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Unconvinced by Democracy: Czechs Nostalgic for Communist Past, Slovaks Even More So – Balkan Insight

The Czech Republic’s legislative election in October finally put an end to the presence of the Czech Communist Party in the Chamber of Deputies, 32 years after the fall of the totalitarian regime that ruled the former Czechoslovakia. Even though the communist party in Slovakia has fared much less well since 1989’s Velvet Revolution, which is marked by a national holiday in both nations on November 17, surveys appear to show that people there tend to regard the communist regime with more nostalgia than the Czechs.
While 58 per cent of Czechs consider the current regime to be a better system than they lived under before the Velvet Revolution, that proportion is only 45 per cent in Slovakia, according to a poll conducted by the Czech and Slovak polling agencies STEM and Focus in cooperation with Czech and Slovak sociologists. The survey was conducted for the Coca-Cola company in spring 2021 on 811 people in Czechia and 805 people in Slovakia.
“The evaluation of the previous regime as better is the result of a comparison with the present, which can be a source of dissatisfaction for some, so much so that they come to believe life was better under the previous regime,” said Bohumil Búzik, a sociologist at the Slovak Academy of Sciences.
Experts agree that much of this has to do with nostalgia among the elderly, who tend to remember the good things about the past and forget the bad things. But it also stems from a lack of historical knowledge among young people who were born into democracy and never experienced the totalitarian regime first hand.
Moreover, the experience of democracy for those who suffered from the post-1989 economic transformation has so far been a disappointment, while both Czech and Slovak societies felt the drawbacks of the early stages of democracy, with all its attendant lack of political fairness and justice.
In the Czech Republic, the tradition of democracy was historically much stronger, allowing citizens there to compare post-World War II socialism with interwar Czechoslovak Republic, when “almost everything was better for the Czechs,” Búzik noted.
Under communism, Czech society declined politically and stagnated economically, which was not necessarily the case in Slovakia, where industry experienced a boom after the Communists took over in 1948. As a result, current Czech retirees’ memories of communism are markedly different than those of retirees in Slovakia, Búzik said.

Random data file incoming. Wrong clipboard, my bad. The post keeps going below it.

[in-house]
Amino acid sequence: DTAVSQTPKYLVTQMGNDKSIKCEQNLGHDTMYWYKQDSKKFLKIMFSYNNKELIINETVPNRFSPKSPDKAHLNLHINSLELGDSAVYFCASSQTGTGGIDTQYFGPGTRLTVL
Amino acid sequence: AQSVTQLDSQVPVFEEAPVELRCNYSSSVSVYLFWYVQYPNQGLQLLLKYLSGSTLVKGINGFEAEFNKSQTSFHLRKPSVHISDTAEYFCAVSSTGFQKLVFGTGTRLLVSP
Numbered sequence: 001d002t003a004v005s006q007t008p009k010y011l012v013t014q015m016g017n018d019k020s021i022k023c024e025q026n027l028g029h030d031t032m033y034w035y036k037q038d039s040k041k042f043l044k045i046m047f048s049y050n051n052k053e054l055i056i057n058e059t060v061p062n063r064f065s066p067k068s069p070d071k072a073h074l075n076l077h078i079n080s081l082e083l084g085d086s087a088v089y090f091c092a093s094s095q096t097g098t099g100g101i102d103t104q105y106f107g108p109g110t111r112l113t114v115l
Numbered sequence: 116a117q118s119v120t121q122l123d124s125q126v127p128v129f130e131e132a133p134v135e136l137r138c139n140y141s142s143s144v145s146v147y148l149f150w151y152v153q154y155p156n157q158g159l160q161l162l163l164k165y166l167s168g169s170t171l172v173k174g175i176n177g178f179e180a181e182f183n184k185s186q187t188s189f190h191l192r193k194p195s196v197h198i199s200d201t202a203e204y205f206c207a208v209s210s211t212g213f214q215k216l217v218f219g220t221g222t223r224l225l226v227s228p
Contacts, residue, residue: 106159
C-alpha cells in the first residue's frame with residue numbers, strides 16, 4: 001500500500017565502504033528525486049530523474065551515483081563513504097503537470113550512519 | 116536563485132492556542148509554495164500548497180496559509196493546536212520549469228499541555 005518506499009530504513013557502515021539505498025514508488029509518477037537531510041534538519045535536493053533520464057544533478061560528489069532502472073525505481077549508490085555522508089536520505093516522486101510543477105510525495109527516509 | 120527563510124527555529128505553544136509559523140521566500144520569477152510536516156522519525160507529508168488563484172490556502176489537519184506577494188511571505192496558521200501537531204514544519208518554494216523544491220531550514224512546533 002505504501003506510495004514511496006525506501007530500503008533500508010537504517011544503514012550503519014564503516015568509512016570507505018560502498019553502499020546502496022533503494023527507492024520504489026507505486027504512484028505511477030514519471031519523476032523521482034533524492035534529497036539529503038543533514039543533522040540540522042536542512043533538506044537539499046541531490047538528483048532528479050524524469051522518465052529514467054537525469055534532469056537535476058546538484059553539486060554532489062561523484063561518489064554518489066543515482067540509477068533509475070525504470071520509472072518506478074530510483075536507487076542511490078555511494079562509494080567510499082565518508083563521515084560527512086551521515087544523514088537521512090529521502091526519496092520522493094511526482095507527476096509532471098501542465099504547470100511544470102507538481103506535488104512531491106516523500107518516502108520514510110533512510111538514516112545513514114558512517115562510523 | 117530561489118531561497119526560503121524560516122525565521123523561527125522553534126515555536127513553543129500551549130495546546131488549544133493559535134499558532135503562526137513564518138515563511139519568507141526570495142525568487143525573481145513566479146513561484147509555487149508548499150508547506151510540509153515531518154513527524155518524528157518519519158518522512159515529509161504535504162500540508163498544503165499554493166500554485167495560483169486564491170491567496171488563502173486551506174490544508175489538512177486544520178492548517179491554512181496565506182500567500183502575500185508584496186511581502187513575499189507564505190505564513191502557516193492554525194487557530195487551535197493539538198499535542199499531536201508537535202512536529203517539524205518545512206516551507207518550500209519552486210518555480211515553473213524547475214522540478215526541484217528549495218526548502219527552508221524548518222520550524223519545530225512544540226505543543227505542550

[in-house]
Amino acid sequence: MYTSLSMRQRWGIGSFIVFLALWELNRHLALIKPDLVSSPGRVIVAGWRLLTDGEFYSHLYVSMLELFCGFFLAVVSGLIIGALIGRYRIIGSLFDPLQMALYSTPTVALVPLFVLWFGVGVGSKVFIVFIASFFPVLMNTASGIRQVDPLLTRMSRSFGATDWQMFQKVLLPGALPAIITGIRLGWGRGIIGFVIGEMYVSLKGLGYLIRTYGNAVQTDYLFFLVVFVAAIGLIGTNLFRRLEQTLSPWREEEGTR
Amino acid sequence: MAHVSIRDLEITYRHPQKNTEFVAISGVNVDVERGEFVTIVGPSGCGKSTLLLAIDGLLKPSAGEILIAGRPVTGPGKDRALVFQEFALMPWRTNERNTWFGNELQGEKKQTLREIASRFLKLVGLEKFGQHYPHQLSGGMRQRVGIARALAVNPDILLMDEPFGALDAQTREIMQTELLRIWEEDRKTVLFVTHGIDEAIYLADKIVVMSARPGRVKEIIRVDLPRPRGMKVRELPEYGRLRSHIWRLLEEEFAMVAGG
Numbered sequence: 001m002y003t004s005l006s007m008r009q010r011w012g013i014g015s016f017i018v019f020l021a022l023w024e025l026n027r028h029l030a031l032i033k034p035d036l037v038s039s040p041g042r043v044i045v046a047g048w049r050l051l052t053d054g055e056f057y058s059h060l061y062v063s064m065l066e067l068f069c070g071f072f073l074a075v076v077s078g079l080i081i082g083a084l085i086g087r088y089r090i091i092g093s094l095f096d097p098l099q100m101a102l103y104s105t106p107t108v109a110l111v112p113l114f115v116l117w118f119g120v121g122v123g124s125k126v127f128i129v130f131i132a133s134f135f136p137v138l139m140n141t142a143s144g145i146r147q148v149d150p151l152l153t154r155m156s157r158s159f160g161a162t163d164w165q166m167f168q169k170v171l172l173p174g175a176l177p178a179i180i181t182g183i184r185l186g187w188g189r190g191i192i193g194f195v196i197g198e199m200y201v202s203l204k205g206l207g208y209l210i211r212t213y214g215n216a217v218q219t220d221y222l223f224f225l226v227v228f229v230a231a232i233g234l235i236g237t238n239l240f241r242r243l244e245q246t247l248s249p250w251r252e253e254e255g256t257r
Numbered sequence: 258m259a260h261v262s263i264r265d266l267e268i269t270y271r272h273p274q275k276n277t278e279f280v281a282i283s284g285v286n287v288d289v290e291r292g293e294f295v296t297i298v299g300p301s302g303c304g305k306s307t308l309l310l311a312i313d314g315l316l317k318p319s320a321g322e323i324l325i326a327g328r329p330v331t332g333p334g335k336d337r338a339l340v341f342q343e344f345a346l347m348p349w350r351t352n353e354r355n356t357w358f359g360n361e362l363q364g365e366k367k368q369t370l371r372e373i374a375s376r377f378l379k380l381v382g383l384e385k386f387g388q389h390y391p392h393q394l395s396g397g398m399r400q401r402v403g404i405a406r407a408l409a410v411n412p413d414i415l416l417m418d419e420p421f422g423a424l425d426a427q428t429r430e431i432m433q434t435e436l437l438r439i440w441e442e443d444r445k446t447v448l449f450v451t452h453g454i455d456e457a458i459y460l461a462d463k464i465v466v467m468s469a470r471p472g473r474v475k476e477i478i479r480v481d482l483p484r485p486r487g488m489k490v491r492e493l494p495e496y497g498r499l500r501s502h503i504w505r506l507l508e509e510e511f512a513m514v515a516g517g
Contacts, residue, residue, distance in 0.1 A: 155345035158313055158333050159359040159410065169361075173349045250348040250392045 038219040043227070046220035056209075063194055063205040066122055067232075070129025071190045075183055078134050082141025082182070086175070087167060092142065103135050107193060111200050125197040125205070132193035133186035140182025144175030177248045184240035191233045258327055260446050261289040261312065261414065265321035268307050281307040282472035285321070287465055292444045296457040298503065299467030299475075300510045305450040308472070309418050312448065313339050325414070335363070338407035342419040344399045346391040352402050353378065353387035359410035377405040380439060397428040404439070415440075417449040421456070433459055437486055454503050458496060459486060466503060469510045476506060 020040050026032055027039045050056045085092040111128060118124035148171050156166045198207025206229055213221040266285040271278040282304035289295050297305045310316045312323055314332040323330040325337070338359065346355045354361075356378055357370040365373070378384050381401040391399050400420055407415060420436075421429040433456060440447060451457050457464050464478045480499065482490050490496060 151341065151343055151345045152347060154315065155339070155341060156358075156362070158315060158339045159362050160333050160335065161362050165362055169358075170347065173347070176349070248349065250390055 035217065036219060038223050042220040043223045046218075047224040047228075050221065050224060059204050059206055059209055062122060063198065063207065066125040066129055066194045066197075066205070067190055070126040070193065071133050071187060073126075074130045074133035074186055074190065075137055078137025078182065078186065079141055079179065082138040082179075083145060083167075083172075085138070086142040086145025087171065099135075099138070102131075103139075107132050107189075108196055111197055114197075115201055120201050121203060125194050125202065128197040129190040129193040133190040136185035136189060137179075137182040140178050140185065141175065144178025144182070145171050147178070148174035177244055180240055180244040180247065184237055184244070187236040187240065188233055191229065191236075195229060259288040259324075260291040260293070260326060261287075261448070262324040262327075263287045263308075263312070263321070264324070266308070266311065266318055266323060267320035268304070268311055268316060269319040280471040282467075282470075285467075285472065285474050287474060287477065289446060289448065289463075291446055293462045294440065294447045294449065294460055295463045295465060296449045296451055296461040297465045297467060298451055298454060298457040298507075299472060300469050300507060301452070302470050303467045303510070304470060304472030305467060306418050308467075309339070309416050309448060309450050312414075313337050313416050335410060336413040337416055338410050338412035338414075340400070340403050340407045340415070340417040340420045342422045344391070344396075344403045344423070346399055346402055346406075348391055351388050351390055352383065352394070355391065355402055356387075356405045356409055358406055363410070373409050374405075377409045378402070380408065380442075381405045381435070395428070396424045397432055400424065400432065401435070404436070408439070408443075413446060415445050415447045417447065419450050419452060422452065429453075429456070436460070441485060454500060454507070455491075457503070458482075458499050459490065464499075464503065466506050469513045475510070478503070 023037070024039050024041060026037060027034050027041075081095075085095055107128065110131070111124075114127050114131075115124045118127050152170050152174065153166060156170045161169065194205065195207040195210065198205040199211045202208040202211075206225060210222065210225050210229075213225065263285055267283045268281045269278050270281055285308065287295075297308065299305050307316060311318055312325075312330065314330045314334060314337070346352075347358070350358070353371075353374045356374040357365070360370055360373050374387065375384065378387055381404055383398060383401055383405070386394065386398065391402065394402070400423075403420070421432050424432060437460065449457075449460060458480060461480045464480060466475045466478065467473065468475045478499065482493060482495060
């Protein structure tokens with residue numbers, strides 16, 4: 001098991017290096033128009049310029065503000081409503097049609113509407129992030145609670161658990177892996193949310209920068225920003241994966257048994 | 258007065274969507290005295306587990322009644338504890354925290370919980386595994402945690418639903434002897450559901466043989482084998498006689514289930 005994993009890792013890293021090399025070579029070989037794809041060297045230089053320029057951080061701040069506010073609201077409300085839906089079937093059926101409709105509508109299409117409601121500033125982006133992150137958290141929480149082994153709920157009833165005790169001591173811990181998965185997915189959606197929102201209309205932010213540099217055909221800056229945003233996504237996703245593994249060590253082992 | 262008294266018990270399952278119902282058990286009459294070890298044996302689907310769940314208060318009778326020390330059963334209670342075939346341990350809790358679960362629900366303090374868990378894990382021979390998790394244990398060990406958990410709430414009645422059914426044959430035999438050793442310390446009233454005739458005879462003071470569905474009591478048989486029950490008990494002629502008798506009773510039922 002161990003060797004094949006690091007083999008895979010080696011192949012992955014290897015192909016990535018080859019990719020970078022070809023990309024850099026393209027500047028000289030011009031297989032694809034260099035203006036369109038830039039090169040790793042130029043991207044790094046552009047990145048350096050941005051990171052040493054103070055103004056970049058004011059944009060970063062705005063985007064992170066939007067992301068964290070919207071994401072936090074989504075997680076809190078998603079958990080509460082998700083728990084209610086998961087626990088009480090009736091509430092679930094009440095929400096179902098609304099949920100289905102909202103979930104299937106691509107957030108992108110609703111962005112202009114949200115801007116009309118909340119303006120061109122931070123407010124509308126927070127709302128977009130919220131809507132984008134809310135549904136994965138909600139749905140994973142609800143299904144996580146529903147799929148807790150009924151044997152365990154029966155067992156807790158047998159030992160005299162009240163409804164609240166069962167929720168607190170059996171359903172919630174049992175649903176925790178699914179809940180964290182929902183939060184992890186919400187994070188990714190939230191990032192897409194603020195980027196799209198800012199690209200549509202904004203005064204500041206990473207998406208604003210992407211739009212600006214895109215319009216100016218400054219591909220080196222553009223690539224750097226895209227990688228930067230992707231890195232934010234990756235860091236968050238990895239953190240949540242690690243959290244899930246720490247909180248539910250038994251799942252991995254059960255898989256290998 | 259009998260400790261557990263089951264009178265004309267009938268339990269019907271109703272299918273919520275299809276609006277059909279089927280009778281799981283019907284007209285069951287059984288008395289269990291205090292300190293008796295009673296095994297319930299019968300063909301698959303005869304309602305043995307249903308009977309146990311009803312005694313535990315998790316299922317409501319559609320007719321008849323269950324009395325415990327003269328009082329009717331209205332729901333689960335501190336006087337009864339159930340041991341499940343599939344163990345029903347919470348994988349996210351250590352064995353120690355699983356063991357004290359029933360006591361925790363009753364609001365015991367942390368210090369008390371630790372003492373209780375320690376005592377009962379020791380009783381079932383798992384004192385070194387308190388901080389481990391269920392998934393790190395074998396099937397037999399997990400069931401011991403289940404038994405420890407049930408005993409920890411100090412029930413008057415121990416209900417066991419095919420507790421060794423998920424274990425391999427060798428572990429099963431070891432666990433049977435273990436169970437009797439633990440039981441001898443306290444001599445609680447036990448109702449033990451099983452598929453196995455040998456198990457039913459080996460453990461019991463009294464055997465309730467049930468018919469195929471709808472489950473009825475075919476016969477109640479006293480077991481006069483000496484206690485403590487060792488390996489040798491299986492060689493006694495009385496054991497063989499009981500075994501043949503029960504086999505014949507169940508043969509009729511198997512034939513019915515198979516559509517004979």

The STEM/Focus survey also showed that the trend in the appraisal of the Czechoslovak communist regime by citizens of the Czech Republic and Slovakia is on different trajectories.
In the Czech Republic, the share of those who consider the current regime to be better has decreased from a clear majority of support in 1991 (71 per cent) to slightly more than half (58 per cent). The share of those who consider the current regime to be worse than the communist regime has risen to 25 per cent versus 15 per cent in 1991.
In Slovakia, while there has been some improvement in citizens’ view of democracy, it is not unequivocal and the population is now polarised, with 45 per cent believing the current regime is better and 40 per cent believing it is worse. Also, the attitudes of Slovaks have hardened: the proportion who believe the current system is much better has grown to 18 per cent, while the proportion who believe it’s much worse is now 24 per cent.
“Slovakia is worse off, considering the rate of those who evaluate the current regime as worse than the past,” Búzik said. “Despite that, spreading nostalgia for the past regime did not translate into voting for the Communist Party, as was the case in the Czech Republic, where the party was represented in the parliament until very recently.”
Tomáš Kostelecký, a sociologist at the Czech Academy of Sciences, believes social circumstances account for the views of those who evaluate the past regime as better.
People whose relative social status is lower today than under the previous regime understandably have a tendency to evaluate the latter more positively. These tend to be machine operators, coal miners, steel workers and others who enjoyed advantages related to their allegiance (and importance) to the Communist Party of Czechoslovakia.
“Among them are also ‘normal working people’ who enjoyed quite great security of social status and predictability in their life careers, who lost that security and predictability after 1989,” Kostelecký noted, adding that some people faced unemployment or distrainment after the revolution.